Mature adults with hearing aids playing cards instead of being isolated.

You’re missing phone calls now. You don’t hear the phone ringing sometimes. In other cases dealing with the garbled voice on the other end is simply too much of a hassle.

But it isn’t simply your phone you’re shunning. You missed out on last week’s darts league, too. This type of thing has been happening more and more. You can’t help but feel somewhat… isolated.

The root cause, obviously, is your hearing loss. Your diminishing hearing is resulting in something all too common: social isolation – and you can’t figure out what to do about it. Trading loneliness for friendship might take some work. But if you want to make it happen, here are a few things you can try.

Acknowledging Your Hearing Loss is The First Step

Often you aren’t quite certain what the cause of your social isolation is when it first starts to happen. So, recognizing your hearing loss is a big first step. Making an appointment to get fitted for hearing aids and keeping them in good working order are also strong first steps.

Recognition may also take the form of telling people in your life about your loss of hearing. In many ways, hearing loss is a kind of invisible ailment. Someone who is hard of hearing doesn’t have a particular “look”.

So it’s not something anyone will likely pick up on just by looking at you. To your friends and co-workers, your turn towards isolation could feel anti-social. Making people aware of your hearing loss can help people around you understand what you’re dealing with and place your responses in a different context.

Hearing Loss Shouldn’t Be a Secret

An essential first step is being honest with yourself and others regarding your hearing loss. Making sure your hearing remains consistent by having regular hearing assessments is also significant. And curbing your first inclinations toward isolation can also help. But you can overcome isolation with a few more steps.

Make Your Hearing Aids Visible

Most people think that a smaller more invisible hearing aid is a more ideal option. But it might be that making your hearing aid a little more visible could help you convey your hearing loss more deliberately to others. Some individuals even go so far as to emblazon their hearing aids with customized art or designs. You will persuade people to be more courteous when speaking with you by making it more apparent that you have hearing loss.

Get Professional Treatment

If you aren’t correctly treating your hearing ailment it will be a lot harder to deal with your tinnitus or hearing loss. What “treatment” looks like could fluctuate wildly depending on the situation. But normally, it means using hearing aids (or making certain that your hearing aids are correctly calibrated). And your daily life can be enormously affected by something even this basic.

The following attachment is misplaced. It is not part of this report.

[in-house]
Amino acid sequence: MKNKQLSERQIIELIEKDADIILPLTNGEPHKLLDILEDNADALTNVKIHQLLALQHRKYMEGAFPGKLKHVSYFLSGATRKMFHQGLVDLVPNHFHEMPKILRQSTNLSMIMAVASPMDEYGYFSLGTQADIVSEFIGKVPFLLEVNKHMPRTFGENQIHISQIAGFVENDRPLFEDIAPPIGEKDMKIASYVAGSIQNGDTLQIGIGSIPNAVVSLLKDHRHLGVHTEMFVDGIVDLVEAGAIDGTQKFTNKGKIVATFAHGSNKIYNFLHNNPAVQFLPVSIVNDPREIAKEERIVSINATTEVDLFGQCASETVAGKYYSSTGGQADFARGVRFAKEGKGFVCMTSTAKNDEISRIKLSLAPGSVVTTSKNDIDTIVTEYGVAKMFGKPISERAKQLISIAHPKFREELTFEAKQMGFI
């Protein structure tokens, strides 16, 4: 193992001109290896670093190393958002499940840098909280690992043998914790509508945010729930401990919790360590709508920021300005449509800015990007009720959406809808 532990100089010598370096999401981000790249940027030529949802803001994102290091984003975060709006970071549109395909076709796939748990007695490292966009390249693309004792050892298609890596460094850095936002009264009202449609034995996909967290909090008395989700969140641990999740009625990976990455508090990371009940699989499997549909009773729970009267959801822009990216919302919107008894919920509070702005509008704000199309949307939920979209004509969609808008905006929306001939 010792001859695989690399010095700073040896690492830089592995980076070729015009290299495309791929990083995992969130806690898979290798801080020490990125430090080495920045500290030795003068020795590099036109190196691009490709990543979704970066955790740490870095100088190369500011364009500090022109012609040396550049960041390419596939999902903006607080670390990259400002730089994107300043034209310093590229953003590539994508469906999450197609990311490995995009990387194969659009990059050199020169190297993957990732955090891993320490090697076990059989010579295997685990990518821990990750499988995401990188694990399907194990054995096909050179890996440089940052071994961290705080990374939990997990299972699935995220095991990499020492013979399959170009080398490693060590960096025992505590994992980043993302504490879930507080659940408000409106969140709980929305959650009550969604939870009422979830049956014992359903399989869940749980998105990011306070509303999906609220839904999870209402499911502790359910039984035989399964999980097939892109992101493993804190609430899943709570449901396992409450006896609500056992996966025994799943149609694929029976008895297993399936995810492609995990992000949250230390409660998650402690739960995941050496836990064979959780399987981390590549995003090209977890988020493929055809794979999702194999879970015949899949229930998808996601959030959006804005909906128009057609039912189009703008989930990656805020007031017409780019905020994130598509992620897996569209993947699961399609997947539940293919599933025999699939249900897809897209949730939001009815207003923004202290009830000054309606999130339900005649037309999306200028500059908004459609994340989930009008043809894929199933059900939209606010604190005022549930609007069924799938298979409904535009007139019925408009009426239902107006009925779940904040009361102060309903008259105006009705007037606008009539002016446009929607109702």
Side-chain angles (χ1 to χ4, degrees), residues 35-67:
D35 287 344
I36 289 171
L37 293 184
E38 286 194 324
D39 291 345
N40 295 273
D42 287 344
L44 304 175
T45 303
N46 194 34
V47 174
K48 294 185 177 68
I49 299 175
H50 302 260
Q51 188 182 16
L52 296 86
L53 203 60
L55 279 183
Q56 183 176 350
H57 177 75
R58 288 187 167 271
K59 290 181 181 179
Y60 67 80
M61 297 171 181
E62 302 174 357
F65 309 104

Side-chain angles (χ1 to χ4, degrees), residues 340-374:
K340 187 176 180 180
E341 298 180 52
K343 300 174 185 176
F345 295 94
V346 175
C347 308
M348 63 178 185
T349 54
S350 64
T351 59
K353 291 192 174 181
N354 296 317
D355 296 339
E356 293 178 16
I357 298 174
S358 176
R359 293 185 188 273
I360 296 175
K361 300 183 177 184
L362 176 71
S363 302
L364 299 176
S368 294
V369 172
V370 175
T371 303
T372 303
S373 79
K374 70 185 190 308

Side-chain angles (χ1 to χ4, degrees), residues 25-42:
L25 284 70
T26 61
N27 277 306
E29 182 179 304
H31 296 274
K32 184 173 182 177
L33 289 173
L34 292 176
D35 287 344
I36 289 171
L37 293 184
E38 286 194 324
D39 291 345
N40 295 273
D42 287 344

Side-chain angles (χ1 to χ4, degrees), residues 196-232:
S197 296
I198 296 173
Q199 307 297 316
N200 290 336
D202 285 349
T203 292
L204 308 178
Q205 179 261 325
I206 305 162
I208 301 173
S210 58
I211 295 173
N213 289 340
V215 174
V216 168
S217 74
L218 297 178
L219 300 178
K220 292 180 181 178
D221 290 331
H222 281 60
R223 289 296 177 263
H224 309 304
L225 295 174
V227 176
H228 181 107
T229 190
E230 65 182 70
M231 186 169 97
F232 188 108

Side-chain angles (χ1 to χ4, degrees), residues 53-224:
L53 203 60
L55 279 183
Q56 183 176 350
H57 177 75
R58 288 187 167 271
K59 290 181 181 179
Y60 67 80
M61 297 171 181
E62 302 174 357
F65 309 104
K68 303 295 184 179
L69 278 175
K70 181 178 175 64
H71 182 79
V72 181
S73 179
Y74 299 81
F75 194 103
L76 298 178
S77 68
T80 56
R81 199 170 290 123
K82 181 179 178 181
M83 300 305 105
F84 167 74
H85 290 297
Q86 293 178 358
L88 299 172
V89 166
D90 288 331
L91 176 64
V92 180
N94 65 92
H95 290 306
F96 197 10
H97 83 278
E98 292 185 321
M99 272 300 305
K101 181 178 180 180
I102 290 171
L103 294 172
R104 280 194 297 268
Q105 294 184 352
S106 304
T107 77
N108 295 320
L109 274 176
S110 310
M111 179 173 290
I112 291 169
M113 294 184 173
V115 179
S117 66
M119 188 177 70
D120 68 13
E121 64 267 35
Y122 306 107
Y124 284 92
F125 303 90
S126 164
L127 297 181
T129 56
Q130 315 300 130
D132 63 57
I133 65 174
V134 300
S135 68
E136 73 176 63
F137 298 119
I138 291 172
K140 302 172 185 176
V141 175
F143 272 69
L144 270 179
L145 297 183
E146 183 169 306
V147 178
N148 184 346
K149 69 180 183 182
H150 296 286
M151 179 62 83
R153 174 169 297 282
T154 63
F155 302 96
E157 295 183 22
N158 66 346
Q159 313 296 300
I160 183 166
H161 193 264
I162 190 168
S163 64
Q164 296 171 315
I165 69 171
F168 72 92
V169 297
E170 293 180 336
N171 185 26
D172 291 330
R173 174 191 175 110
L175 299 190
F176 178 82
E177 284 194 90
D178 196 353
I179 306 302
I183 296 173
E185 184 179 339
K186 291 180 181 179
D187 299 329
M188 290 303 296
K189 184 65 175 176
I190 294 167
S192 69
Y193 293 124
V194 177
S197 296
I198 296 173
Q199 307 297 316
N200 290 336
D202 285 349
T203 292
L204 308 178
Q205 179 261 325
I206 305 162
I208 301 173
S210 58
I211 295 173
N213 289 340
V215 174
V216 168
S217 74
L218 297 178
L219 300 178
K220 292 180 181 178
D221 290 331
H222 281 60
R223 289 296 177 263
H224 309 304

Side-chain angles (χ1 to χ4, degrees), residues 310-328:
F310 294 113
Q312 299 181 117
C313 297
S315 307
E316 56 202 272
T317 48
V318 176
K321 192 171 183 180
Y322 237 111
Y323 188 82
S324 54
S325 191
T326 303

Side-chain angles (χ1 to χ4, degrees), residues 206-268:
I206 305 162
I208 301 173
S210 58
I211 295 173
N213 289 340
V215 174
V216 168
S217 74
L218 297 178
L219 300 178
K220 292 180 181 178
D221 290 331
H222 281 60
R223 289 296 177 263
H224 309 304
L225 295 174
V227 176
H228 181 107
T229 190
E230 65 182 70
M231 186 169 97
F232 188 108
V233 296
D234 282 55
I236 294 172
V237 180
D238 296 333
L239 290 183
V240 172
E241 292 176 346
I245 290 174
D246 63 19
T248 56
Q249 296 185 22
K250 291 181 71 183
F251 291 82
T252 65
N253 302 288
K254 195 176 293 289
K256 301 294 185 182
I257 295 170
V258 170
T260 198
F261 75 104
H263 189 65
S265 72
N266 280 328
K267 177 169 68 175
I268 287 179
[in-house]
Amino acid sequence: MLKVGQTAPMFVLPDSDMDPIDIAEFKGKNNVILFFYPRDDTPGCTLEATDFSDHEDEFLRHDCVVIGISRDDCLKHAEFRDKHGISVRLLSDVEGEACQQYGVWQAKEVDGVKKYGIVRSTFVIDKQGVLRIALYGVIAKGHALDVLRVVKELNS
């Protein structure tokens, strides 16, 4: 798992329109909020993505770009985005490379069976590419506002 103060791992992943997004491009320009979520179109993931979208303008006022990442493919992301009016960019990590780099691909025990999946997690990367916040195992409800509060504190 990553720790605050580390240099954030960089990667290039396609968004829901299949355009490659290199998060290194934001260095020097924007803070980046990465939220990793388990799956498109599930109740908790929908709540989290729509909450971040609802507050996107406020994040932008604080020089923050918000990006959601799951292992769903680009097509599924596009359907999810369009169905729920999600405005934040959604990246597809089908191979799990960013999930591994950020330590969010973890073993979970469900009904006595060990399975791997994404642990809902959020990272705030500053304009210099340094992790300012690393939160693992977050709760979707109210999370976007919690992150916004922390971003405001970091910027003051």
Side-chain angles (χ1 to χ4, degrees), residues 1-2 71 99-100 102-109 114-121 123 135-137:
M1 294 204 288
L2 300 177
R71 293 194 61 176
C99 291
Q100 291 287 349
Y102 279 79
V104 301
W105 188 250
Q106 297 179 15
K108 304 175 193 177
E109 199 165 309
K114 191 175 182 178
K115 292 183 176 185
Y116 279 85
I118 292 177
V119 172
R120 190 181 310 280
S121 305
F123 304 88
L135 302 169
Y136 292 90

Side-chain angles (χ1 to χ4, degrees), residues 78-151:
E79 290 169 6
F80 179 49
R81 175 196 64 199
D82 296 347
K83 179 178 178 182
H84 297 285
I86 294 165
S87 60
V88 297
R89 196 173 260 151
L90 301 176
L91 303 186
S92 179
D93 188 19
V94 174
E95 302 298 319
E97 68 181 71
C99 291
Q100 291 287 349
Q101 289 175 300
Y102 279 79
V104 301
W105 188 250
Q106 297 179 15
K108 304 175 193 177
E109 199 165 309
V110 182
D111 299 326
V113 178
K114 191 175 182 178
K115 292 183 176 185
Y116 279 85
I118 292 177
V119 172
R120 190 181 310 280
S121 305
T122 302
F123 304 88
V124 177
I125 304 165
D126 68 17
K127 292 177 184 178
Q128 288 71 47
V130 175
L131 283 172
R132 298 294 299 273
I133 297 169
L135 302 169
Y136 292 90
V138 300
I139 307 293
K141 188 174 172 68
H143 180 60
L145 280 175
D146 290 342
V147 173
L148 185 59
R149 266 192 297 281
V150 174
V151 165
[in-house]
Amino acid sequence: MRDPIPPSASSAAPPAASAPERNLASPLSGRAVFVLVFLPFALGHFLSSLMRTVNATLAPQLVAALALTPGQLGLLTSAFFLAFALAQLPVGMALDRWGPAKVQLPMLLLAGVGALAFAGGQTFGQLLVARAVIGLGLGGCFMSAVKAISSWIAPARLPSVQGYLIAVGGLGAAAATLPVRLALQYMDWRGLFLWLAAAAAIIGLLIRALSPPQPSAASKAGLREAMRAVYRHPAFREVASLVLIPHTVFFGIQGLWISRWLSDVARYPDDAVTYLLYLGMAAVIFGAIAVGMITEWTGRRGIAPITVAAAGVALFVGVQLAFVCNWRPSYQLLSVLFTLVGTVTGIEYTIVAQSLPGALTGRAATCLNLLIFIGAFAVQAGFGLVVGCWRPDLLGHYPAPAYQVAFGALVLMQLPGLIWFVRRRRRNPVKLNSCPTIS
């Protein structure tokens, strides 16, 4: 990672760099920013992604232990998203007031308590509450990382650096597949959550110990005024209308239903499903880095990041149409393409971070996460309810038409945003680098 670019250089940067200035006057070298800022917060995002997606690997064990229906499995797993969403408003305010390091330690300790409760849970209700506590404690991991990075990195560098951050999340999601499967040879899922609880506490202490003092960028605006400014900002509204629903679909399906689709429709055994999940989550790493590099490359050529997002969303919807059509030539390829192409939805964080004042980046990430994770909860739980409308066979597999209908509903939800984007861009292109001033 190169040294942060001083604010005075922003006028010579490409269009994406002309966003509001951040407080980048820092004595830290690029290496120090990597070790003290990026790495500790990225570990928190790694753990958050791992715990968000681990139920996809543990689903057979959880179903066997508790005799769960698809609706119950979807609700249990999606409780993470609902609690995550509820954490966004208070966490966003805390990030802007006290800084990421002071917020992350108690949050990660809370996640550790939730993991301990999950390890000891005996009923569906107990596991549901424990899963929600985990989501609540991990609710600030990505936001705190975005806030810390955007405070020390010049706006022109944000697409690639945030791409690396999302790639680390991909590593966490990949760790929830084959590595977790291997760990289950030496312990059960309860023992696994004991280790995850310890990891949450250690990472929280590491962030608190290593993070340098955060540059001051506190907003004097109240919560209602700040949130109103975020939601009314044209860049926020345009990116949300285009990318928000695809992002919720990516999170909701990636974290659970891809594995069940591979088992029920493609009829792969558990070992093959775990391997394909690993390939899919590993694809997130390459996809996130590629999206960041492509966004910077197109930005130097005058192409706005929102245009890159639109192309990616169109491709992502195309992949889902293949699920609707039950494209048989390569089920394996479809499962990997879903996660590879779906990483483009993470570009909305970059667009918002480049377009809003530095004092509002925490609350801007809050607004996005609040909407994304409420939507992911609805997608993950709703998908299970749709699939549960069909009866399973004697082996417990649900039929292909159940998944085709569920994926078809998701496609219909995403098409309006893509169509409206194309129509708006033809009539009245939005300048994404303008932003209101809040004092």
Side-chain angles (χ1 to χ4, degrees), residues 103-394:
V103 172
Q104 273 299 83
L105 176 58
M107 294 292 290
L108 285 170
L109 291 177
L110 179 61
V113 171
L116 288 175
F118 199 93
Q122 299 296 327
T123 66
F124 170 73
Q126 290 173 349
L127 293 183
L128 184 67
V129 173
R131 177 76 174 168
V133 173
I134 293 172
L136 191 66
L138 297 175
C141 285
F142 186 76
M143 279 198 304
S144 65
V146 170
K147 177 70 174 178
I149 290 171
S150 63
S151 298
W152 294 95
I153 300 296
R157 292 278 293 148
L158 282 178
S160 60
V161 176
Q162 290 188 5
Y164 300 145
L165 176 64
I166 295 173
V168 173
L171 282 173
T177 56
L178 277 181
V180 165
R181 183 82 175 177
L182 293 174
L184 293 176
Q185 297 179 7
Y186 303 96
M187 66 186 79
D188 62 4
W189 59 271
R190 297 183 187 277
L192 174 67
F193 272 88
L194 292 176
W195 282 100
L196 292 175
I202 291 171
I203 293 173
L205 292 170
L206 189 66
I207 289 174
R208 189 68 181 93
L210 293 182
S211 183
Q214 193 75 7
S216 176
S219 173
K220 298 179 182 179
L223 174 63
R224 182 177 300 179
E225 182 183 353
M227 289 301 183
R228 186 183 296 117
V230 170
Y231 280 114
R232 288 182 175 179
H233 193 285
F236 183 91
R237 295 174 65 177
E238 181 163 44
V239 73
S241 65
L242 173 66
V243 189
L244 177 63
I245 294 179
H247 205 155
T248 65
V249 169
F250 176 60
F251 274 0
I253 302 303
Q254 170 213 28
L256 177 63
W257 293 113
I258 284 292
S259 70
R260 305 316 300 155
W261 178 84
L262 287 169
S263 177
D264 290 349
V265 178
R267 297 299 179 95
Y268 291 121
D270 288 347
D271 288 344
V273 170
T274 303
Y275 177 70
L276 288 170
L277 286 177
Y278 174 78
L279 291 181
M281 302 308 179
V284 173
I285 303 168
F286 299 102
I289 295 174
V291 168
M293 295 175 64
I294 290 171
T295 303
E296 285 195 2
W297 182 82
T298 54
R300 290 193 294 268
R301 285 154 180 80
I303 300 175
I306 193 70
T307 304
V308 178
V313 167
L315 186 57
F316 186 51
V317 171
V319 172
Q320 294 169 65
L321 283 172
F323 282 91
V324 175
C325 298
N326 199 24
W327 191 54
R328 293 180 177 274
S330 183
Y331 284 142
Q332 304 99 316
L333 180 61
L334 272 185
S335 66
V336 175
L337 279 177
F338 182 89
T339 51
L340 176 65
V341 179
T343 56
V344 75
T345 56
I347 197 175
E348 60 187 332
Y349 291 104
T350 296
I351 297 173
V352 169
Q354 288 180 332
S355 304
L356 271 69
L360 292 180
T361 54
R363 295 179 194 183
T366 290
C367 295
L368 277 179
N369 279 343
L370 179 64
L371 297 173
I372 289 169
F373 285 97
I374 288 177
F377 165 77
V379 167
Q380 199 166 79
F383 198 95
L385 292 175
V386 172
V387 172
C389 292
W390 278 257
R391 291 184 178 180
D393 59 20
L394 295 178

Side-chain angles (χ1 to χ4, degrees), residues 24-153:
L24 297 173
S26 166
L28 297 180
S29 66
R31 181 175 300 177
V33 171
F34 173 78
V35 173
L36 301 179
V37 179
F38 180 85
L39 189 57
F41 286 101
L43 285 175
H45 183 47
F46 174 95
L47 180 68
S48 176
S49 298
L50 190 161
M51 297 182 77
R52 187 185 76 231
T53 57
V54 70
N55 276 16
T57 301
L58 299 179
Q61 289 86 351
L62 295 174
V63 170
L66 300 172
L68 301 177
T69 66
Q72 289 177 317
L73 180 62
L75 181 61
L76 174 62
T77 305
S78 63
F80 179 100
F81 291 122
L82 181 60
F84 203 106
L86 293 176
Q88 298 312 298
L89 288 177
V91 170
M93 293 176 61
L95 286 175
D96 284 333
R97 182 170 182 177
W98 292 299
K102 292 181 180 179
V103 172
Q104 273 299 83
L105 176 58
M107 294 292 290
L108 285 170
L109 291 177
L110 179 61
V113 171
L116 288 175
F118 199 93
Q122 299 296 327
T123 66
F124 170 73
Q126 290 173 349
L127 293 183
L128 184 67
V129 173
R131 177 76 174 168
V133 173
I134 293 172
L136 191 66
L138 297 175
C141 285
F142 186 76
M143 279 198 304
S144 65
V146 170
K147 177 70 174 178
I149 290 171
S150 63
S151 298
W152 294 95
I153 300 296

Be Clear About What You Need

It’s never fun to get shouted at. But there are some individuals who assume that’s the preferred way to communicate with someone who suffers from hearing loss. That’s why it’s important that you advocate for what you need from those around you. Perhaps texting to make plans would be better than calling. If everyone is in the loop, you’re less likely to feel the need to isolate yourself.

Put Yourself in Social Situations

It’s easy to stay away from everyone in the age of the internet. That’s why you can steer clear of isolation by intentionally putting yourself in situations where there are people. Shop at your local grocery store rather than ordering groceries from Amazon. Get together for a weekly game of cards. Social events should be scheduled on your calendar. Even something as simple as taking a walk through your neighborhood can be a great way to run into other people. Besides helping you feel less isolated, this will also help you to identify words correctly and to keep processing sound cues.

It Can be Harmful to Become Isolated

Your doing more than curtailing your social life by separating yourself because of untreated hearing impairment. Anxiety, depression, cognitive decline, and other mental concerns have been connected to this kind of isolation.

So the best way for you to keep your social life humming along and keep yourself happy and healthy at the same time is to be realistic about your hearing ailment, be honest about your situation, and do what you can to guarantee you’re showing up for those regular card games.

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The site information is for educational and informational purposes only and does not constitute medical advice. To receive personalized advice or treatment, schedule an appointment.
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